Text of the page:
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Ed Razek, the longtime Victoria's Secret marketing executive and the man largely credited for its fashion show and crew of Angels, has announced that he's retiring by the end of the month.
He broke the news to his colleagues via an email that L Brands, parent company of Victoria's Secret, shared with Glamour. "With the exception of Les [CEO Les Wexner], I’ve been with L Brands longer than anyone. I’ve loved every minute of it, and every one of you," Razek wrote. "I’ve appreciated your partnership, your energy, your teamwork, and your enthusiasm. You are, every one of you, a joy to work with, and a joy to be with. The best partners anyone could ever hope for. And I’ve loved coming to work here, every single day, for many, many years. But all good things must and do, inevitably, come to an end."
"A few weeks ago, I shared with Les my desire to retire sometime around mid-August. It was a tough conversation to have because, as some of you must know, we have shared so much together for so many years. Including a deep love of this business. Still, it’s time," he continued. "I want to thank all of you for the smiles, the hellos, the laughs, the mission. I could not be more lucky than to have been with all of you at this extraordinary and quite singular organization. I truly hope you know, deep in your hearts, how very special this place is. I do—more than ever."
Razek, who's been at the company since the '80s, has been a key figure in the highly sexualized, feminine beauty ideal put forth by the brand: He launched the Victoria's Secret Fashion Show in 1995 and has selected the models that are signed to its Angel spokesperson contract. Victoria's Secret has received criticism for its lack of body diversity over the years, and Razek himself has come under fire for comments he's made about plus-size and trans models.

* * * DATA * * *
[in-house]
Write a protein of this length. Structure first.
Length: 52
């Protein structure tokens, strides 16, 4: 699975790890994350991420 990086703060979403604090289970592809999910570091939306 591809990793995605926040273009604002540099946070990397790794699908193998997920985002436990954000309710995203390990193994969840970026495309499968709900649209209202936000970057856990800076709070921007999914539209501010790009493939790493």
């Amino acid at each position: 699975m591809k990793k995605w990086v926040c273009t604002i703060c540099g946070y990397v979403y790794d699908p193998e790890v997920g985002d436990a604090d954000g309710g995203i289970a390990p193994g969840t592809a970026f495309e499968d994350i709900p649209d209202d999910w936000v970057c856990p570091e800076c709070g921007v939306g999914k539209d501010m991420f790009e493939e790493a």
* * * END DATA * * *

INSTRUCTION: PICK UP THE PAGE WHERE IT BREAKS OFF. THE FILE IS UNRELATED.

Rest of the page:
In an interview with Vogue ahead of the 2018 Victoria's Secret Fashion Show, he said: "It’s like, why doesn’t your show do this? Shouldn’t you have transsexuals in the show? No. No, I don’t think we should. Well, why not? Because the show is a fantasy. It’s a 42-minute entertainment special. That’s what it is. It is the only one of its kind in the world, and any other fashion brand in the world would take it in a minute, including the competitors that are carping at us. And they carp at us because we’re the leader. They don’t talk about each other. I accept that. I actually respect it. Cool. But we’re nobody’s third love."
Earlier this year, it was announced that the runway will no longer be televised, as it had been since 2001; and this summer, VS Pink hired its first openly transgender model to star in a campaign. According to Bloomberg,until they hire a replacement, two men will be filling Razek's role: Ed Wolf at L Brands, and Bob Campbell at Victoria’s Secret.
As for the future of the Victoria's Secret Fashion Show, in May the brand revealed it was "rethinking the traditional" format for 2019.
Originally Appeared on Glamour